Since his 2011-12 roster would feature a wealth of talent and future first-round draft picks, his declaration was met with some puzzled reactions from fans and media alike. Following a coldly efficient outing in an 82-50 defeat of Samford in front of 21,984 fans in Rupp Arena, many of those quizzical looks are turning into nods of assent.
However, the praise Calipari heaped on his sophomore shooting guard was contingent on Lamb making a commitment on the practice floor and in the weight room. He has responded and the dividends have been plainly evident.
"The extra time that he's spending on that basketball court before practice, after practice, you're all seeing the benefit of it," Calipari said.
Already UK's leading scorer, Lamb tallied his second consecutive 20-point outing in tying a season high with 26 points. He needed just 12 shots to do his damage, scoring four-and-a-half points for every shot he missed. Lamb hit 3-pointers (four of them), layups and floaters. He got to the line seven times and committed just a single turnover.
He upped his season average to 16.7 against Samford and has been happy with his start to the season, but he also recognizes what it will take to sustain it.
"I think I'm playing good so far," Lamb said. "I've got to keep it up though, keep working out in the gym and keep doing what I'm doing."
Lamb remembered games during his freshman season when tired legs prevented him from making shots in the clutch, so he decided he needed to work on it. He has undertaken a regimen of shooting following intense treadmill workouts.
Calipari often talks about how dedication and hard work will be rewarded with results; Lamb is a shining example.
"You get what you deserve in basketball and in life," Calipari said. "You want to spend that extra time, there's going to be a result. It doesn't happen in a day, but when you start linking days together, weeks together, months together, you start seeing it."
He's always been a self-assured player, but he's taken his confidence to another level now that he knows no one who steps on the floor with him is working any harder than he does away from it.
"Every time I shoot the ball, I always think it's about to go in," Lamb said. "I've got a lot of confidence in my jumper and my floater. (Lamb's confidence) increased a lot. I put a lot of shots up when I'm tired and in the game when I'm tired I'm making shots and I'm still playing defense. I'm never really tired on the court."
Lamb's floater was particularly deadly against Samford. Anytime he had the slightest amount of space inside 10 feet, Lamb used the shot to great effect and it has been a signature move of his for most of his basketball life.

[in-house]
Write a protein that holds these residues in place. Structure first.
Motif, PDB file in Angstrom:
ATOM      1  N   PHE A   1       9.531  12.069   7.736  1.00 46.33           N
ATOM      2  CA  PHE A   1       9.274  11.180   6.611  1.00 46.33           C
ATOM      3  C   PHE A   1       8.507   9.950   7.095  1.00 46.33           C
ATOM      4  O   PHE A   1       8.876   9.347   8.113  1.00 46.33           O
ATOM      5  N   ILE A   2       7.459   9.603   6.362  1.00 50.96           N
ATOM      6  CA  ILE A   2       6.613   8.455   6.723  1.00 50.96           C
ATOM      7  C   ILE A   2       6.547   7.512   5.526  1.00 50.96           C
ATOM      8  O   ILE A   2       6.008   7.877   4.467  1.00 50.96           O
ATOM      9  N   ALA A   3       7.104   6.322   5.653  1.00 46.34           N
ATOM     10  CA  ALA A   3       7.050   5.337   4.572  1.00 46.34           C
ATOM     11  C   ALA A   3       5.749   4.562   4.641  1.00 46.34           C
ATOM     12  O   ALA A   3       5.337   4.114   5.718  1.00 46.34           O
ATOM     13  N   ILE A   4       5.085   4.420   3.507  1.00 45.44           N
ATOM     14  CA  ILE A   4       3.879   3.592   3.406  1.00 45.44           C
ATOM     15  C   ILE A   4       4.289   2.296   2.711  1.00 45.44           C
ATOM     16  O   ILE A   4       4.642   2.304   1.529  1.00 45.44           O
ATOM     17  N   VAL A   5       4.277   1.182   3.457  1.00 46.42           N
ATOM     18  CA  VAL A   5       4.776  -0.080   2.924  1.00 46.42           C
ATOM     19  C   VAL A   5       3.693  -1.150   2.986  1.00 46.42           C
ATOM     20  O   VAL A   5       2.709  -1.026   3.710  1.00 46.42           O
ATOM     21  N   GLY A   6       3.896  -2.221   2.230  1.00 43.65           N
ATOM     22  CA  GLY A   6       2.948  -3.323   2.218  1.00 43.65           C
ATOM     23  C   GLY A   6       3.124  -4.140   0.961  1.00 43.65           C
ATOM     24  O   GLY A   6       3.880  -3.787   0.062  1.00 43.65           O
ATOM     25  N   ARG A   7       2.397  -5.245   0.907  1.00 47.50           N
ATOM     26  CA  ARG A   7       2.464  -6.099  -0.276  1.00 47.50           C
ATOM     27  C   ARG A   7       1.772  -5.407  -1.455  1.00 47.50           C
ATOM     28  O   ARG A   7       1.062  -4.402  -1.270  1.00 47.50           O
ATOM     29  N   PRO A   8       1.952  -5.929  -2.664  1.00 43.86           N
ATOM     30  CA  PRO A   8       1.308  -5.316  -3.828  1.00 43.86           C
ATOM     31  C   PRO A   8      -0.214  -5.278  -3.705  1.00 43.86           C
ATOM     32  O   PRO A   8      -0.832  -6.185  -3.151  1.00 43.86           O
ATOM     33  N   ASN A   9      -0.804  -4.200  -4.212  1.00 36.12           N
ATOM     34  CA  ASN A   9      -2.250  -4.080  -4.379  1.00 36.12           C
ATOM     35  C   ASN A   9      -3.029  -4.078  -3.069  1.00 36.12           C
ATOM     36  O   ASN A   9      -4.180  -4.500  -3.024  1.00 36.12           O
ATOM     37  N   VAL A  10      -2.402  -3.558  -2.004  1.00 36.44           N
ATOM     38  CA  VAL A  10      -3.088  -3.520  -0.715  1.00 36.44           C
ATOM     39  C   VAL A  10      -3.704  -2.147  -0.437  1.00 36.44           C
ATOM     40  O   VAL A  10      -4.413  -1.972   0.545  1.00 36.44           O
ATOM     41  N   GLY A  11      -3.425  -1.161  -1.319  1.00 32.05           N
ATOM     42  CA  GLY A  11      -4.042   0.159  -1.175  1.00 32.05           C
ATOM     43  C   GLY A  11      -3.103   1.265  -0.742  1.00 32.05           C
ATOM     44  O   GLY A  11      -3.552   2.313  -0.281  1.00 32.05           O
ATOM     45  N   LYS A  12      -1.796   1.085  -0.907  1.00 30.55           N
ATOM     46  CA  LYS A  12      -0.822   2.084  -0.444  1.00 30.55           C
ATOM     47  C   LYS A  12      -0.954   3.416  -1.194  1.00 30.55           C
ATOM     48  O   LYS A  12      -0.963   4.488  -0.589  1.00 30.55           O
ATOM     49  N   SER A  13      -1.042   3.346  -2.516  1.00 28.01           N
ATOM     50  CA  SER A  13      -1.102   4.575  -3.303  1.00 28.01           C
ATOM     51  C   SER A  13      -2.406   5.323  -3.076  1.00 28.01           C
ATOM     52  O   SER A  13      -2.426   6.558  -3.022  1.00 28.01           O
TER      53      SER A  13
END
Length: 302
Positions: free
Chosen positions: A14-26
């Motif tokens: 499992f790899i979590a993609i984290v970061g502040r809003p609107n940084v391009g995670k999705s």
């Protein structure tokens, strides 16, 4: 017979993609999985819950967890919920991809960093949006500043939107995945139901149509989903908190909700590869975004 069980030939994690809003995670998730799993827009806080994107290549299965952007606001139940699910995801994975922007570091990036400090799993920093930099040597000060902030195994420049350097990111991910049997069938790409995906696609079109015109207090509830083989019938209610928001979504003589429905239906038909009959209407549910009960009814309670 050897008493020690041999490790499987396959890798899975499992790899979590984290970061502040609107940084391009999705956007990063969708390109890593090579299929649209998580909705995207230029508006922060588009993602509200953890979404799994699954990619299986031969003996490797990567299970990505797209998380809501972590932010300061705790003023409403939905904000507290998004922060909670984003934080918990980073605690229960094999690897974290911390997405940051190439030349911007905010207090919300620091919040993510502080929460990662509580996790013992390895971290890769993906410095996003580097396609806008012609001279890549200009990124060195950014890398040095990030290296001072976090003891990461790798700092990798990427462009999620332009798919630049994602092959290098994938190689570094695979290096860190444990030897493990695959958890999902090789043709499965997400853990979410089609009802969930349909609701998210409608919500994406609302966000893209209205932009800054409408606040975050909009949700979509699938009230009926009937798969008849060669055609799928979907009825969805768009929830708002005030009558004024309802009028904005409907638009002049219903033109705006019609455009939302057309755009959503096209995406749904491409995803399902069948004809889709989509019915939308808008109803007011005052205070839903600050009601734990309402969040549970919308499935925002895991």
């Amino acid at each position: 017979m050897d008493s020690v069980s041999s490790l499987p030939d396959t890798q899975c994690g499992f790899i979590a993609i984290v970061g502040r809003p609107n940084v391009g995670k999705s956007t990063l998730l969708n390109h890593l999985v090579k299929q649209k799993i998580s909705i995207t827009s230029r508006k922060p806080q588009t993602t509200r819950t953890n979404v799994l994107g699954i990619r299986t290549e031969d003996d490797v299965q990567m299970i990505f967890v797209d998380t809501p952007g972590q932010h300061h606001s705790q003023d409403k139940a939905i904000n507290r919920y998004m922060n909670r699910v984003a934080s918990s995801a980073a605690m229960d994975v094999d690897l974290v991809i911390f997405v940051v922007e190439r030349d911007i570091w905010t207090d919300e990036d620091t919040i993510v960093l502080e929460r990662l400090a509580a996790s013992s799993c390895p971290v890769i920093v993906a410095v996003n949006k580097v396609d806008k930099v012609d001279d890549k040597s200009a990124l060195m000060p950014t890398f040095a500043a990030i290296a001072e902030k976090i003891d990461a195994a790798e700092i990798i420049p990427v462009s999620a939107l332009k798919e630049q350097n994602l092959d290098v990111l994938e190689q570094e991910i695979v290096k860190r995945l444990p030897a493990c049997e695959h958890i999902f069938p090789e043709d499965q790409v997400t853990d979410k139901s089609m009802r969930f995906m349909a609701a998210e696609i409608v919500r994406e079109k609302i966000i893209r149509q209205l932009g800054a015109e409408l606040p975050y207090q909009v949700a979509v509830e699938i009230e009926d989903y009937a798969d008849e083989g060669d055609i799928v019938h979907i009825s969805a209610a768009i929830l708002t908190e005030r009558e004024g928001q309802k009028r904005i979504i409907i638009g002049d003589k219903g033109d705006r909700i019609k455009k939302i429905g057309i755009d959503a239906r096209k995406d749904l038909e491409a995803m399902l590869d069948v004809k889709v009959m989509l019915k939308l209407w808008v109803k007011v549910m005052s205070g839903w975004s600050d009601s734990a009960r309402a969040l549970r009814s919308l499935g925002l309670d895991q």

"I always had a floater when I was young, even when I was playing AAU basketball," Lamb said. "It was one of my go-to moves."
Lamb, though, can remember a time when the floater wasn't part of his repertoire, but his mother, Brigitte Grant, suggested he incorporate the shot when he was a youngster.
"She taught me to do that when I was young," Lamb said. "I used to always go to the rack and I would always get blocked and my mom told me to start shooting floaters over big guys."
Lamb will continue to use the floater extensively, but he's also much less timid in attacking the shot blockers he used to avoid. He's shooting an average of 4.2 free throws per game after going to the line just 2.6 times a game as a freshman and it's no accident.
"I'm just going to the rack a lot more because I know if I get fouled, I'm going to knock the foul shots down," Lamb said. "I'm creating more plays for me and my teammates."
Creating many of Lamb's opportunities is freshman point guard Marquis Teague, who continued his evolution with a 14-point, five-assist performance against the Bulldogs. Lamb garnered a reputation as a dead-eye shooter in 2010-11, but Teague knew he was much more before setting foot on campus
"I knew he had a great feel for the game," Teague said. "He can score in many different ways: pull-up jumpers, spot shooting, jumper, 3's, he's got a great floater game, he can get to the rim and he can knock down free throws."
Other than Lamb himself, no one stands to benefit from the work the shooting guard has logged more than Teague. When Teague gives the ball up to his backcourt mate, it's not a matter of whether he'll score. The only question is how he's going to do it.
"That makes my job real easy," Teague said. "I can just give him the ball and let him do what he does and know he's going to put the ball into the hoop."